If history is anything to go by, Shepparton’s future is rich

Chris HazelmanChris Hazelman has left an indelible mark on the Ethnic Council, having dedicated 15 years as manager. His departure is a significant loss for the Council, but it is also a moment of reflection and gratitude for the contributions he has made.

During his time as manager, Chris has learned a great deal about the challenges and opportunities facing multicultural communities, particularly throughout the immediacy of response required throughout Covid and last year’s flood crisis which highlighted the importance of identifying and leveraging the technology and social media used by individual communities to covey key and vital messaging.

Building and fostering strong relationships with all levels of government, Chris has worked closely with a wide range of stakeholders, including community leaders, government officials, and business owners to promote understanding and build bridges between different cultures.

With all the complexity and challenge that cultural diversity has brought to Greater Shepparton for well over 100 years, fostering economic growth as well as cultural vibrancy, it has been the growth in refugee arrivals that has been the hallmark of change during Chris’ time at the Ethnic Council.

“Shepparton’s demographic profile is unique for a provincial Australian City. For well over 100 years, the region has been a destination point for non-traditional migration, due to intensive irrigated agriculture.

“Everyone got their start on the farms, starting from the Greeks, Italians and the Albanians in the 20s, followed by the Turks in the 60s, a large Punjabi community in the 80s and later, Pacific Islanders.”

“But in the last 20 years or so, the refugee intake into Australia has increased and a significant number of those people have come to Shepparton for the same reasons all the previous migrants did-namely the availability of employment,” Chris said.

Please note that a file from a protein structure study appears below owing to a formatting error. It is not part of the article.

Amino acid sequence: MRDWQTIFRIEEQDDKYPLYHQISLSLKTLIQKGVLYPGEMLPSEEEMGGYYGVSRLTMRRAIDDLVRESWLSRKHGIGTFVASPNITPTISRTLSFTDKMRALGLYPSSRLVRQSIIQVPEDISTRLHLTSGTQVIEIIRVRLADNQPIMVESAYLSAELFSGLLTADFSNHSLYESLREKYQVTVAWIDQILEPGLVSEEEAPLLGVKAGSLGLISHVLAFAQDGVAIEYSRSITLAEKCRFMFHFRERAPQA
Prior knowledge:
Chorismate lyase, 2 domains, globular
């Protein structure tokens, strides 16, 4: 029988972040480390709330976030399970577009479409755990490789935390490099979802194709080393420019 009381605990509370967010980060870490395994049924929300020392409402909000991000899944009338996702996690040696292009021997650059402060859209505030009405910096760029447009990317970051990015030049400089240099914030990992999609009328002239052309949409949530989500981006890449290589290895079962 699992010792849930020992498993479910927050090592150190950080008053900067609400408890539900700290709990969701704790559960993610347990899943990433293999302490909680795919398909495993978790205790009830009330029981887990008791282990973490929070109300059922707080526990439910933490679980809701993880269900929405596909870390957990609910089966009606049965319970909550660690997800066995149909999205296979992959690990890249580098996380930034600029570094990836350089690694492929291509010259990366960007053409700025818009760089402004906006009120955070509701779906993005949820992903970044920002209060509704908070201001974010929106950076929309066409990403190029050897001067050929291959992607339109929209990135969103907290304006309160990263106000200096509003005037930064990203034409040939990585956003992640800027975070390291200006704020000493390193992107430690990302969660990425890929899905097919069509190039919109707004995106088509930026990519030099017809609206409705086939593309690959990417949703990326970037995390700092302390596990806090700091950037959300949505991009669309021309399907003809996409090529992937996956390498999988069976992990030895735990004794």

With refugees now constituting 10 percent of Greater Shepparton’s total population, a unique demographic unheard of anywhere else in regional Australia, Chris said,

“What we’ve seen in my time is the growth of those refugee communities. Early in the piece we had a very small African community, initiated with a pilot program from the Commonwealth which saw 13 Congolese families settle here.

“But from there and with continuing labour demands here, we’ve seen an absolute explosion of people from Sudan and Afghanistan from about 2008 onwards and I think that trend is going to continue.

“In pre Covid days, backpackers from Europe picked 38 percent of the fruit but they disappeared off the scene and the refugee community has essentially filled that gap along with an increase in Pacific Islanders under the Pacific Australia Labour Mobility (PALM) scheme.

“These trends are not going to change, if Shepparton’s history tells us anything, somewhere on the horizon another group, a different community, will always come.”


Chris Hazelman

HAVING BEEN THE ETHNIC COUNCIL’S MANAGER… for 15 years, Chris Hazelman (pictured) will retire in mid-July. Stating that ‘there is no right time to leave,’ as the Council continues to address issues associated with Covid, flood recovery and the perennial challenges of funding certainty, Chris will indelibly leave behind a significant contribution. Photo: Natasha Fujimoto

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